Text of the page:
Is Your Healthcare Organization’s Content Strategy in Need of a Rapid Response Team?

Our research shows modular, agile content systems can increase engagement and build relevance.

In The 2021 State of Digital Content Report, Altimeter surveyed 375 top content executives at businesses around the world to understand the content challenges their organizations face. What did the research indicate? Companies are feeling the pressure to churn out high-quality, relevant digital content like never before.

While not all companies can keep up with the accelerated pace of content creation, Altimeter found that those that are successful in meeting this demand have implemented an “Agile Content System.”

What is an Agile Content System?

Though all industries failed to hit the mark perfectly on every capability of an Agile Content System, healthcare, specifically life sciences and pharmaceuticals that were surveyed, was found to be the biggest laggard. Due to legal limitations for data use and messaging, healthcare organizations need to manage strict oversight and time-consuming content reviews – making it increasingly difficult to personalize and approve content, decentralize content creation and measure the ROI of marketing investments.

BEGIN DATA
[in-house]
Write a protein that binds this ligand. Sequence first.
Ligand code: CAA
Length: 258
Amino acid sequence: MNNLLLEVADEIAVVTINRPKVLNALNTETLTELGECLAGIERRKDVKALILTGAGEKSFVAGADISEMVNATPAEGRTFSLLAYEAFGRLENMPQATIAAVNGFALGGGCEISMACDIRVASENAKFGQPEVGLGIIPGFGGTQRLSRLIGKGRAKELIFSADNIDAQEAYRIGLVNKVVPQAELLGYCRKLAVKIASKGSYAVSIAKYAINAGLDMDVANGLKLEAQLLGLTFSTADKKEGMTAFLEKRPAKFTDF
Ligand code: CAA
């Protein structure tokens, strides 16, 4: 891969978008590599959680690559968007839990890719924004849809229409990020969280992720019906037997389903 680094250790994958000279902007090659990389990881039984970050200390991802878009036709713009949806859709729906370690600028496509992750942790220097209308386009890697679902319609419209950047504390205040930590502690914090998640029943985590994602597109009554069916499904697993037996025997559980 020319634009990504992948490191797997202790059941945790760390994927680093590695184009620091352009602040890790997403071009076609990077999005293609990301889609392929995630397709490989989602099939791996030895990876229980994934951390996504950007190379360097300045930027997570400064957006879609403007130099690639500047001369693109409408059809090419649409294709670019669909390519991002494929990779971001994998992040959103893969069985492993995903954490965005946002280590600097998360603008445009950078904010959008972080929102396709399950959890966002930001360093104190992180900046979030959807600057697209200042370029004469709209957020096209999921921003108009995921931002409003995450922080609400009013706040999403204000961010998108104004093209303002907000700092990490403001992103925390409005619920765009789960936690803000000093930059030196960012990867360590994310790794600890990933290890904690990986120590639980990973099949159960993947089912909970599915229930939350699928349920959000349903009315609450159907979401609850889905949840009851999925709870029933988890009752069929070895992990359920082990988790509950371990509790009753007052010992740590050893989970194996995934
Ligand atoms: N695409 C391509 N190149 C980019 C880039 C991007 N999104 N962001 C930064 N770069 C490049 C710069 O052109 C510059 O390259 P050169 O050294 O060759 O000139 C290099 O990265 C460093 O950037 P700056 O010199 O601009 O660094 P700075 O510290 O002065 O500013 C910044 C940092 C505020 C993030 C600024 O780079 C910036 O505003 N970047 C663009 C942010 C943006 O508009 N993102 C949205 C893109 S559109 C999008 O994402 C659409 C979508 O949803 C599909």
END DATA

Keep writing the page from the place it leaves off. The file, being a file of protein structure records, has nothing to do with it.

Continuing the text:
“Real-time publishing is key to producing high-quality, digital content at scale.”

To put it into perspective, one pharmaceutical client told us that it would take their company over 80 days, with 40 handoffs and 12 people involved to get a single email approved. By contrast, a vacuum manufacturer switched from producing vacuum cleaners to ventilators in under a month as soon as COVID-19 hit!

But there is a prescription for improvement. Healthcare organizations can optimize their digital content strategy by leaning into three imperatives.

Imperative 1: Ensure Technology and Workflows Streamline Approval Processes

In an Agile Content Strategy, real-time publishing is key to producing high-quality, digital content at scale. However, this requires that the approval and compliance processes are structured in a way that optimizes fast, efficient publishing – as opposed to slowing it down.

With multiple reviews by multiple stakeholder groups – ethics boards, legal teams and subject matter experts – the entire end-to-end approval process can hold publishing timelines back. While healthcare companies cannot completely do away with these regulatory checks, they can:

  • Invest in better content approval software: Companies are increasingly investing in technology to improve the approval process, with 16% having reported using a dedicated compliance platform (Altimeter, 2021). Software, like Veeva Systems, that streamline the approval process and allow for quicker review, can help standardize and drive efficiency in the overall workflow.